All kidding aside, I had forgotten how creepy the scenes in the Department of Mysteries were, what with brains floating in water tanks and that horrifying scene with the Death Eater with the baby head. Remember, this is a series of kids’ books. I might have been a messed-up kid (when you got a 5 years older brother, you see a lot of horror movies and kill a lot of hookers in GTA), but it’s still a wonder I didn’t have nightmares about this.

But all that stuff isn’t what people remember about The Order of the Phoenix, is it?

They remember Umbridge.

I was prepared for Umbridge, because she’s so utterly awful that she’s edged into your childhood memory. But really, she’s not as awful as she seemed as a kid. Honestly, she’s just a more extreme version of the type of person you have to deal with in your adult life. We have all had a boss or a manager with a ruthless streak and a near sociopathic way of dealing with people, right? If you haven’t, just turn on the news and watch the political leaders of the world for a bit. That should do it. It’s hard to be amazed by how far the Ministry of Magic is willing to go once you have dealt with today’s political scene for a few years.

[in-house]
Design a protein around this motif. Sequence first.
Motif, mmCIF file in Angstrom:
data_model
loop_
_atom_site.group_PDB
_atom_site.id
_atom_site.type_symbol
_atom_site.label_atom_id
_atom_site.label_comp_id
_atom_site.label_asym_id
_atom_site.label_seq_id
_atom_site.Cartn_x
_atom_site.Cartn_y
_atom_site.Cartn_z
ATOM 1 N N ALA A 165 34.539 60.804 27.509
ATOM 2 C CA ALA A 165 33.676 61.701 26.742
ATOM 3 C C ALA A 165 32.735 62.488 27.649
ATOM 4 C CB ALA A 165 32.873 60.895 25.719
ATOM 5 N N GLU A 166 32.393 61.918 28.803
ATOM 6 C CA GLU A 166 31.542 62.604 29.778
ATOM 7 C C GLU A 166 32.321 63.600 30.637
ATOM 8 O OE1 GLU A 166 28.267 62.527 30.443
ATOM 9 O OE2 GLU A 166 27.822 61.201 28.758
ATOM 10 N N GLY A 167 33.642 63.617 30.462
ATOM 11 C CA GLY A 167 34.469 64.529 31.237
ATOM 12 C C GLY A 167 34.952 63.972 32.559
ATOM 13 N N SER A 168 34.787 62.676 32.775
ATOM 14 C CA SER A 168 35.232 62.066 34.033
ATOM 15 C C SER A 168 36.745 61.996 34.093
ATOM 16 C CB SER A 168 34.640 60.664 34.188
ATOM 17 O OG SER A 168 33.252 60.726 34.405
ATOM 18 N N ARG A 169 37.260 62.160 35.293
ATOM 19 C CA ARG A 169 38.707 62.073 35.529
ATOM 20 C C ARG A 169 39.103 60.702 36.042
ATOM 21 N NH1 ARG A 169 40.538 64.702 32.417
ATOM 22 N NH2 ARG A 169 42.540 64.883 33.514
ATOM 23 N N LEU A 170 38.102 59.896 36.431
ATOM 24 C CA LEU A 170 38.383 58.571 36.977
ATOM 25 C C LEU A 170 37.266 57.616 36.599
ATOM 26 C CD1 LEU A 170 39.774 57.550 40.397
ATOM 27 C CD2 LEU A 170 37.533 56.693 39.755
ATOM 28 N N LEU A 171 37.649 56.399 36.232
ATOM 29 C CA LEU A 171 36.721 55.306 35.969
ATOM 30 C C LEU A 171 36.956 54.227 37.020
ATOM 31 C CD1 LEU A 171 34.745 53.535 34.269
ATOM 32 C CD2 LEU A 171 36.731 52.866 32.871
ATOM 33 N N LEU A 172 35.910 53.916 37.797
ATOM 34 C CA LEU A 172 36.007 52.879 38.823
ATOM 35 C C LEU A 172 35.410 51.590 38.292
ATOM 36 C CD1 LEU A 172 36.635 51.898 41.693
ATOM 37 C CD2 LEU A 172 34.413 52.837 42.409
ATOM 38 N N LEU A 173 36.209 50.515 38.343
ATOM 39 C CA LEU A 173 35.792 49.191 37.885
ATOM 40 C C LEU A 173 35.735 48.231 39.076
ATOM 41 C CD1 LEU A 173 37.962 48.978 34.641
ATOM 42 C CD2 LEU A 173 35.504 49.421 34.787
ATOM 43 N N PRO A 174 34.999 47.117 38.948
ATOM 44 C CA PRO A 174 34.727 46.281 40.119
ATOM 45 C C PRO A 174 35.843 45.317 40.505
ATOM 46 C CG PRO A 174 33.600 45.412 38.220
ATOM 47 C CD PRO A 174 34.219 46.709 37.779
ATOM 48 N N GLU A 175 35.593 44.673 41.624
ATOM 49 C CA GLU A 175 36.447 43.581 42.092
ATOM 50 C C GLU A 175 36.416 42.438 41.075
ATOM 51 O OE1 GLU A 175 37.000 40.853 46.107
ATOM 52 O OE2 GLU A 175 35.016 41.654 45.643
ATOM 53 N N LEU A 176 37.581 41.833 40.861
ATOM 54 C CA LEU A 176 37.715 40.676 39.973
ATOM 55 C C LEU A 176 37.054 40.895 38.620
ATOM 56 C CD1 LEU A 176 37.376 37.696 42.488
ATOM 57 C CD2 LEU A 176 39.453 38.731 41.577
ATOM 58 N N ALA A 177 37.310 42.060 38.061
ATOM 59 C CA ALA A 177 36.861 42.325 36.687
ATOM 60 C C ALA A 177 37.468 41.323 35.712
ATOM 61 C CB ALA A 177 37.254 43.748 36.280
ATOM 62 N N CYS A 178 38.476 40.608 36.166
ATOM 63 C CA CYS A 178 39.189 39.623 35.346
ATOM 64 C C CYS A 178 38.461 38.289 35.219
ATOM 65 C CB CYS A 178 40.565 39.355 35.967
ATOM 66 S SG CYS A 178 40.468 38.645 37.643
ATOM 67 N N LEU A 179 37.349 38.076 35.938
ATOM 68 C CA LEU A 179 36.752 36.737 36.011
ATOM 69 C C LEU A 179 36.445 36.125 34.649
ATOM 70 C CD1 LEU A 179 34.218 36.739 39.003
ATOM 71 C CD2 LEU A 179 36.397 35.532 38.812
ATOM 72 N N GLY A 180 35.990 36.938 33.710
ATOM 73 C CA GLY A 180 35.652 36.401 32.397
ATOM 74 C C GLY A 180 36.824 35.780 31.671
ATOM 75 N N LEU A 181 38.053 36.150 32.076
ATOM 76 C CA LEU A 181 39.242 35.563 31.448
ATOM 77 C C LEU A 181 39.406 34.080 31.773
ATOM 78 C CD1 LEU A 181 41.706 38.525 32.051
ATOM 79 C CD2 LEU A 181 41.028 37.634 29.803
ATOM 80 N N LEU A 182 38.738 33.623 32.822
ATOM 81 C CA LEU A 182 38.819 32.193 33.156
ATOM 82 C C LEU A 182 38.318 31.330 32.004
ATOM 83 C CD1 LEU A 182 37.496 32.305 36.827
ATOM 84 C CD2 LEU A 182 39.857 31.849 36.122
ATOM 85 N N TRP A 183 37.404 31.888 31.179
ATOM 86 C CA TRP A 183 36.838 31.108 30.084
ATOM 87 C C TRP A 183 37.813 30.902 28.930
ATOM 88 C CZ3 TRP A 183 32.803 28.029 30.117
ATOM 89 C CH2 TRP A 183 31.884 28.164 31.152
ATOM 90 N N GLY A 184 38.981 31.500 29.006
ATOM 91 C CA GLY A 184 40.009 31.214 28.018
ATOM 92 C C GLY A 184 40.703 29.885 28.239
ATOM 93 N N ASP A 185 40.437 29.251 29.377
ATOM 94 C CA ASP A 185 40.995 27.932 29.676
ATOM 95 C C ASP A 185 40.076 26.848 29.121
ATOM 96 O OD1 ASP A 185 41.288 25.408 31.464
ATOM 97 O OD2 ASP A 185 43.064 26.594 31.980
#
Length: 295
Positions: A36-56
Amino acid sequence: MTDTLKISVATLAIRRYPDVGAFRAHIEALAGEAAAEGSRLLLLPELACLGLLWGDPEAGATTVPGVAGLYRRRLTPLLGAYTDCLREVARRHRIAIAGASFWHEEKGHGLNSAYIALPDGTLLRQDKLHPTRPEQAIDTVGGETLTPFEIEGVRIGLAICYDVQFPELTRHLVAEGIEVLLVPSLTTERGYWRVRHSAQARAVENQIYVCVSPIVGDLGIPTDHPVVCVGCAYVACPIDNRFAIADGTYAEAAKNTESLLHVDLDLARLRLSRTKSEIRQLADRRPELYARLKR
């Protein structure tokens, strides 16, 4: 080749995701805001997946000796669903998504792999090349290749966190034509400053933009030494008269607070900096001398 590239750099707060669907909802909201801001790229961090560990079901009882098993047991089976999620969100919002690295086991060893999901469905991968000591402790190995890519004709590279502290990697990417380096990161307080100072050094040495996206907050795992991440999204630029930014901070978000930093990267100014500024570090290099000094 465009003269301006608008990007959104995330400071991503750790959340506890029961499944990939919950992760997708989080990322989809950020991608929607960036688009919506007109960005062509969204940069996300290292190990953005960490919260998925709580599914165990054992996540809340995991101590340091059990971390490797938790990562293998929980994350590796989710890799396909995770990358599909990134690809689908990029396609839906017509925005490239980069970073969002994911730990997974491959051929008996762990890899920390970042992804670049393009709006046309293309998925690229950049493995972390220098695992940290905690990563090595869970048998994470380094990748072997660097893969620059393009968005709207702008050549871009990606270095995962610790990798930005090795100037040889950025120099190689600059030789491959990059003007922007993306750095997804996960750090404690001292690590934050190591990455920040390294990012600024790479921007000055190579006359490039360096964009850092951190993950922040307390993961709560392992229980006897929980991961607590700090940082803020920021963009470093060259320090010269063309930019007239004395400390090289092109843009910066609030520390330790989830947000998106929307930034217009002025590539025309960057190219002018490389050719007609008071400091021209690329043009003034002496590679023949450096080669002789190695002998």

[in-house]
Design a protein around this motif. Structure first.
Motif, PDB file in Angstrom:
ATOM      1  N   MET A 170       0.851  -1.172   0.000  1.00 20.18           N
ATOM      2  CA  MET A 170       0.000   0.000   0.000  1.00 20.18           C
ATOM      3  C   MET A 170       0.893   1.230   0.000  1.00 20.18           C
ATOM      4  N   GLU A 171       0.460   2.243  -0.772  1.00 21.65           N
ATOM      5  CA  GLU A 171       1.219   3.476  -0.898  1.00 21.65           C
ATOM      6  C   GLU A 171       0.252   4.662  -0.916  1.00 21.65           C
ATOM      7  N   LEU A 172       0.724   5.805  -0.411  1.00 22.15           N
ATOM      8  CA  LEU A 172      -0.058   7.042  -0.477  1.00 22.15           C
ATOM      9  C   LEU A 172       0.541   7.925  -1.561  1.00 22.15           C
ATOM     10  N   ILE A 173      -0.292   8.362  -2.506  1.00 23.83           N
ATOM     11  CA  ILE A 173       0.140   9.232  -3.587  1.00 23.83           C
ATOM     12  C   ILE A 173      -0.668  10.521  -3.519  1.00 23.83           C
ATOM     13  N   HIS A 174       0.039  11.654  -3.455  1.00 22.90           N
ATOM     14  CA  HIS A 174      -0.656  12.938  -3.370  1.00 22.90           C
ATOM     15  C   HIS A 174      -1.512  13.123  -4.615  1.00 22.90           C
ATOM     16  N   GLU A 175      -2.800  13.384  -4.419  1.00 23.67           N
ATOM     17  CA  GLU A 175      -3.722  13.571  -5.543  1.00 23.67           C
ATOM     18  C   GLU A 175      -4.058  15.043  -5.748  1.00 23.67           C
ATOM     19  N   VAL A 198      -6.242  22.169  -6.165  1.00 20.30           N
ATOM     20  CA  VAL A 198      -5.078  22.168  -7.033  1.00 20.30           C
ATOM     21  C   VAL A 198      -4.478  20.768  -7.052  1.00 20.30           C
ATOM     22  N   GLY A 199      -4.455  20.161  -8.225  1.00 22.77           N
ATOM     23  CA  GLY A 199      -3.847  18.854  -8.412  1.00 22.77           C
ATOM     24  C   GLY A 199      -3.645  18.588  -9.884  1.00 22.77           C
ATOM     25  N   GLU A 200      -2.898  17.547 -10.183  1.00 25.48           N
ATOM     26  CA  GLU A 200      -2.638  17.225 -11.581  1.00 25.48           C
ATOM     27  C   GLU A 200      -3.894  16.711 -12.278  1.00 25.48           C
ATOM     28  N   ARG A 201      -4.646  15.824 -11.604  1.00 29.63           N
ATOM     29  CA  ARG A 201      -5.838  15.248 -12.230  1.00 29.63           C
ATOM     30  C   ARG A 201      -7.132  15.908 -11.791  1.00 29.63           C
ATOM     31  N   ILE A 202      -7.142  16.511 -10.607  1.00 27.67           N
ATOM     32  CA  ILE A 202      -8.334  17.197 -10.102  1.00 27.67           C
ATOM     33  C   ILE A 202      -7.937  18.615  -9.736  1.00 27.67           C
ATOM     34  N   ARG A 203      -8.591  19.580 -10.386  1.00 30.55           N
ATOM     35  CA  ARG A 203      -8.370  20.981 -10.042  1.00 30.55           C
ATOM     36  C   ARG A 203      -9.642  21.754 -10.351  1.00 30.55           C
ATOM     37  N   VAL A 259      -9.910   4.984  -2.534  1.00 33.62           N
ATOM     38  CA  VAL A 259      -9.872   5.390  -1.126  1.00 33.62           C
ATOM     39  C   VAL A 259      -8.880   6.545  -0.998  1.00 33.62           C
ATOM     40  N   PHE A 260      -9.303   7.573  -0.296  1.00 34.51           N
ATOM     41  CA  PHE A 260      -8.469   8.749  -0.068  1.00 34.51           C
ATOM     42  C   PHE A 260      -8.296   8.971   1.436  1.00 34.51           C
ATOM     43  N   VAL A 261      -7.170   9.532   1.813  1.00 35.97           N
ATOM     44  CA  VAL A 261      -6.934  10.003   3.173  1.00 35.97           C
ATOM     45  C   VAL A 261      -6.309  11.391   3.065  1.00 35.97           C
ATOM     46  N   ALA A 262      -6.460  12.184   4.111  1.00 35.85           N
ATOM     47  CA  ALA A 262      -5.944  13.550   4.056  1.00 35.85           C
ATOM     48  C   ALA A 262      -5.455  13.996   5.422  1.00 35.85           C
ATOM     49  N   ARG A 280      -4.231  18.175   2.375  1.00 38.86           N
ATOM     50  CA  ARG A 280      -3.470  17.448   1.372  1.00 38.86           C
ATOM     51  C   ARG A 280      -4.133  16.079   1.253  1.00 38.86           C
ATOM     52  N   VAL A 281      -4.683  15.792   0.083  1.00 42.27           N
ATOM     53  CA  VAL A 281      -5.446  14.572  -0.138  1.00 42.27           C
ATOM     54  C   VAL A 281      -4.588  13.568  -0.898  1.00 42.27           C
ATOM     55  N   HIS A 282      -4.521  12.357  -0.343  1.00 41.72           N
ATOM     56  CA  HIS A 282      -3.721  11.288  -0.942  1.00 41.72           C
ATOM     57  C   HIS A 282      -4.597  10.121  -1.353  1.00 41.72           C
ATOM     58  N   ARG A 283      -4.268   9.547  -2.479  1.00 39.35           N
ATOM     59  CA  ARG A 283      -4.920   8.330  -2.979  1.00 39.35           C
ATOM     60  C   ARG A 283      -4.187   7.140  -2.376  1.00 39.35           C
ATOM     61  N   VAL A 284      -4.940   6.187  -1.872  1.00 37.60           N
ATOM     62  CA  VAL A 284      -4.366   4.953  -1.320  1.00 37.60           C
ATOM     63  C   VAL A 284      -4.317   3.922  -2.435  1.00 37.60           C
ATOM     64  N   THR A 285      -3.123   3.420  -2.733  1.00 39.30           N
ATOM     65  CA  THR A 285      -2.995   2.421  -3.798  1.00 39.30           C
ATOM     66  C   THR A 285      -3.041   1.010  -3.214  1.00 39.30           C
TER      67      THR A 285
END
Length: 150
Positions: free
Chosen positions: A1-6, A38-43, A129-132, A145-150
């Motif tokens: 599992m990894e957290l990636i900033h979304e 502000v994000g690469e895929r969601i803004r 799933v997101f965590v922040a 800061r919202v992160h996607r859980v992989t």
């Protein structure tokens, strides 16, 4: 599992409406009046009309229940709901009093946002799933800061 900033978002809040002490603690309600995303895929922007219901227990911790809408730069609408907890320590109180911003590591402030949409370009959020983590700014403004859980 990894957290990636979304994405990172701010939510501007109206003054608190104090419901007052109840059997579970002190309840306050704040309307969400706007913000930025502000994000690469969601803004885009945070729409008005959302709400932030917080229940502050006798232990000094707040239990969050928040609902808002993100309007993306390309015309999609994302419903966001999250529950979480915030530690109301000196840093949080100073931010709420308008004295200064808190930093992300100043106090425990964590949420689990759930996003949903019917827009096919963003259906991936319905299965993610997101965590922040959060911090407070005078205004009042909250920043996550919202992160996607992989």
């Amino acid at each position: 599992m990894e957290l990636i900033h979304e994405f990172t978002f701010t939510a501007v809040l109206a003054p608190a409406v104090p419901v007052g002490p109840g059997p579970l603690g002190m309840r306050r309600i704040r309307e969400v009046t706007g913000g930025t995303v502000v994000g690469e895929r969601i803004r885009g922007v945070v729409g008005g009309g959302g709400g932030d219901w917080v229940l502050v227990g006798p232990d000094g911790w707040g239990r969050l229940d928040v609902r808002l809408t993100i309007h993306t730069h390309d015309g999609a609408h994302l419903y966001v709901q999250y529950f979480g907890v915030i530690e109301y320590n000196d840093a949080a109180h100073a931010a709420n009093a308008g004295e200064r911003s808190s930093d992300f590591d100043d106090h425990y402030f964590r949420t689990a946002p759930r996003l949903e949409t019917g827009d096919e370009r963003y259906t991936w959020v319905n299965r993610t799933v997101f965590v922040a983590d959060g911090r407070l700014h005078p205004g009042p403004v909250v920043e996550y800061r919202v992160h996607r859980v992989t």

This got surprisingly deep, so let’s get back to my usual brand of enthusiastic rambling:

McGonagall.

Professor McGonagall was the MVP of this book and every scene with her is amazing. I would give my left foot to read a series that’s just about her dealing with students and other everyday problems at Hogwarts.

(I had already written this before I realized Artemis no longer has his left foot in the photo below – I swear its unrelated and that he’s not the victim of me making some shady deal with Rowling!)


Harry Potter and the Order of the Phoenix
by J. K. Rowling

Dark times have come to Hogwarts. After the Dementors’ attack on his cousin Dudley, Harry Potter knows that Voldemort will stop at nothing to find him. There are many who deny the Dark Lord’s return, but Harry is not alone: a secret order gathers at Grimmauld Place to fight against the Dark forces. Harry must allow Professor Snape to teach him how to protect himself from Voldemort’s savage assaults on his mind. But they are growing stronger by the day and Harry is running out of time.


Harry Potter and the Order of the Phoenix